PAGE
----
• Thank you Evelyne…and yes, I love how we both learnt through our trail-blazzing children so much about our new life in America 🙂

  8. I loved reading about this tradition and the way it evolved as you changed countries Evelyne. I have heard of the English version, a fruit cake, I believe, baked for Twelfth Night, but it’s not something I’ve ever had. It looks wonderful.

    • Nice to see you here, Andrea. The galette des Rois is yummy but unlike many Americans I have nothing against fruit cakes. 😊
      I also enjoy passing traditions to people who don’t know them yet. See you soon.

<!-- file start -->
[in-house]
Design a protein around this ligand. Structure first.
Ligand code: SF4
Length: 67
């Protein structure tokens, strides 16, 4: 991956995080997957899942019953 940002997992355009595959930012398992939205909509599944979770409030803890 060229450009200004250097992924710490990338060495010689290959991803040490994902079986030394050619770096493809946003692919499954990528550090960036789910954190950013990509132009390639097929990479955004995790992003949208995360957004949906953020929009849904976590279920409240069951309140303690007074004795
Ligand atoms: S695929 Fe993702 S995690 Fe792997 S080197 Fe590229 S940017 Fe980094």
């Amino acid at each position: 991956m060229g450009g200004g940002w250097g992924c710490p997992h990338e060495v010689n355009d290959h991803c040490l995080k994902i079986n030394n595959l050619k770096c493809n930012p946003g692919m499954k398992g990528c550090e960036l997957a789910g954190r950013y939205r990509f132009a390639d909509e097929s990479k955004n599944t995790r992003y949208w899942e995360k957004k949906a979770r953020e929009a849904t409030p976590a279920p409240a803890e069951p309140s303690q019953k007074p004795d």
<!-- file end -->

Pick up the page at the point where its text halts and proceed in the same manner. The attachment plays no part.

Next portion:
9. Thanks Evelyne. Fascinating culinary and social history! And, of course, you’ve whetted my appetite to try out a Galette! Regards Thom.

  10. la voilà la fameuse galette! la fève pour l’ami de ta fille, de quoi le convaincre que c’est une bonne tradition gastronomique 🙂 bises


  1. […] by a coffee bean (in french fève de café). I can highly recommend that you read a bit about the Galette des Rois on Evelye Holingue’s blog, she took the tradition to the US and learnt how to make her own […]

  2. […] celebrations of Mardi Gras/Carnival. I already wrote about this celebration and its meaning, here, here and also here. In case you want to refresh your […]